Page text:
DeWine signs bill to crack down on texting and driving in Ohio


Woman is texting on smartphone while driving a car and leads herself to danger.
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On Tuesday, Ohio Governor Mike DeWine signed Senate Bill 288, which significantly strengthens laws in Ohio related to the use of cell phones and other electronic devices while driving.  

The bill, which was initially part of House Bill 283 sponsored by representatives Cindy Abrams (R-Harrison) and Brian Lampton (R-Beavercreek), contains several safety measures championed by Governor DeWine, including a wide ban on using and holding a phone while driving.

“Signing this bill today is a great honor because this legislation will, without a doubt, prevent crashes and save lives,” said Governor DeWine. “Right now, too many people are willing to risk their lives while behind the wheel to get a look at their phones. My hope is that this legislation will prompt a cultural shift around distracted driving that normalizes the fact that distracted driving is dangerous, irresponsible, and just as deadly as driving drunk.” 

Senate Bill 288, sponsored by Senator Nathan Manning (R-North Ridgeville), designates the use of cell phones and other electronic communications devices while driving as a primary traffic offense for all drivers and allows law enforcement to immediately pull over a distracted driver upon witnessing a violation. Under the previous law, distracted driving was a primary offense only for juvenile drivers, preventing officers from stopping adult distracted drivers unless those drivers also committed a separate primary traffic violation, such as speeding or running a red light. 

“This bill helps ensure that Ohio law reflects modern realities while supporting law enforcement in their mission to keep drivers safe,” said Lt. Governor Husted. “I commend Governor DeWine for championing this effort, which will bring about real change when it comes to distracted driving – ultimately saving lives.”

“My prayer is that this law will save lives. We can do nothing to bring our Maria back, but we are determined to keep other families from going through the nightmare of losing a child or a loved one on our roadways,” said Dom Tiberi, sports anchor for WBNS 10-TV and founder along with his wife, Terri, of the Maria Tiberi Foundation named in honor of their late daughter, Maria, who was killed in a distracted driving accident.  The foundation encourages defensive driving and educates about the dangers of distracted driving.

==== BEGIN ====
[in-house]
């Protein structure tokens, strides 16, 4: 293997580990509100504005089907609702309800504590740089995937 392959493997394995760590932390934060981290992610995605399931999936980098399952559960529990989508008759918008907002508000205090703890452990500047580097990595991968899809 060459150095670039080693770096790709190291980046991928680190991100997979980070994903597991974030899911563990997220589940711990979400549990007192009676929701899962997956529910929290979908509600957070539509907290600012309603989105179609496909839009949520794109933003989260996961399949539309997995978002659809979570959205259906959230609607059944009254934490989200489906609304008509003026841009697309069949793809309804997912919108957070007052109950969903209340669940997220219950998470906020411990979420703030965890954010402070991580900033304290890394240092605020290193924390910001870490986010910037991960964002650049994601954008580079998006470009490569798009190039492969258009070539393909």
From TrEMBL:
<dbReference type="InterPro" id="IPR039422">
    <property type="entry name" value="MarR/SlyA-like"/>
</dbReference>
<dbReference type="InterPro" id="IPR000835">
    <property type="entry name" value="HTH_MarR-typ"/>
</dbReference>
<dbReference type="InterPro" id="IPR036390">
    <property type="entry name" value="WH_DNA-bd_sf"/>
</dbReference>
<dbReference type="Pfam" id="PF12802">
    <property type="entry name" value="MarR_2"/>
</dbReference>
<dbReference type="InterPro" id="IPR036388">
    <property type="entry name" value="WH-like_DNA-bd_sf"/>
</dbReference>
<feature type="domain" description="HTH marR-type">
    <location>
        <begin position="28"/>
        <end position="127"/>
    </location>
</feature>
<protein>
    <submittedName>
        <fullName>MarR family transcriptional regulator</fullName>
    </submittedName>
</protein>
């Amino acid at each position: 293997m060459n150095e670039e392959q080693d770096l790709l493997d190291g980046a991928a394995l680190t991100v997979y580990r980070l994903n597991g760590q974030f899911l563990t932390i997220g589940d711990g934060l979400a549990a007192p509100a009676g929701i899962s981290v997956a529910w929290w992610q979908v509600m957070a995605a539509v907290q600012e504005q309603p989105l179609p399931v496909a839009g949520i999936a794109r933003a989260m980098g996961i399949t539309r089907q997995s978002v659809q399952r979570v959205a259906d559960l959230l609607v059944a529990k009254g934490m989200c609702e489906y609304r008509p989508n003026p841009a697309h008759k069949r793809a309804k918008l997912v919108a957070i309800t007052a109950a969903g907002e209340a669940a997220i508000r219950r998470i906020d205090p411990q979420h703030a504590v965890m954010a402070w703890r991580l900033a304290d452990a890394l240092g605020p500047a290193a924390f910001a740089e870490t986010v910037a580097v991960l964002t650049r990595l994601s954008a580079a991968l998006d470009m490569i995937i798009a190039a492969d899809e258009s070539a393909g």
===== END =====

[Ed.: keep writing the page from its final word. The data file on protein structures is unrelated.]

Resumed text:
Although distracted driving is known to be underreported, the Ohio State Highway Patrol reports that there have been at least 73,945 distracted driving crashes in Ohio since 2017, including 2,186 fatal and serious injury crashes. Traffic fatalities overall have increased in eight of nine years from 2013 to 2021, with deaths reaching their highest point in nearly two decades in 2021 with 1,355 fatalities. Preliminary traffic data from 2022 indicates that at least 1,269 people were killed in traffic crashes last year.  

“Certainly not all fatal traffic crashes are caused by distracted driving, but it’s no coincidence that evolving smartphone technology has coincided with increasing roadway deaths and injuries,” added Governor DeWine. “Other states with similar distracted driving laws have experienced fewer fatal crashes, and we expect that this enhanced distracted driving law will have the same impact here.”  

Under the new law, a driver may still use their device in specific circumstances, such as when their vehicle is parked or stopped at a red light. Drivers are also permitted to swipe their phones to answer a call and to hold their phones to their ears during phone conversations. Emergency calls are also permitted in all circumstances. 

Senate Bill 288 will go into effect in 90 days. Law enforcement will issue warnings to drivers found violating the law for the first six months following the effective date. After this six-month grace period, law enforcement will have the authority to issue citations. Penalties include a fine of up to $150 for a driver’s first offense and two points on their license unless a distracted driving safety course is completed.  Increased penalties can occur if the driver is a repeat offender. 

Senate Bill 288’s distracted driving provision is part of Governor DeWine’s comprehensive plan to improve the safety of Ohio’s roads. To help address unintentional motor vehicle crashes, which are one of the leading causes of death for teenagers and young adults in Ohio, Governor DeWine launched the “Ready, Test, Drive!” virtual driver assessment program in 2019 to more accurately assess new drivers’ road readiness and help identify skills needing improvement. Governor DeWine also formed the Ohio Traffic Safety Council to coordinate and monitor all statewide traffic safety initiatives; launched a new work zone traffic enforcement plan in coordination with the Ohio State Highway Patrol to help protect road workers; awarded grants to juvenile courts to help them give young drivers more access to advanced driver training; and created a new “Drive to Succeed” scholarship program to expand access to teen driver training for low-income families.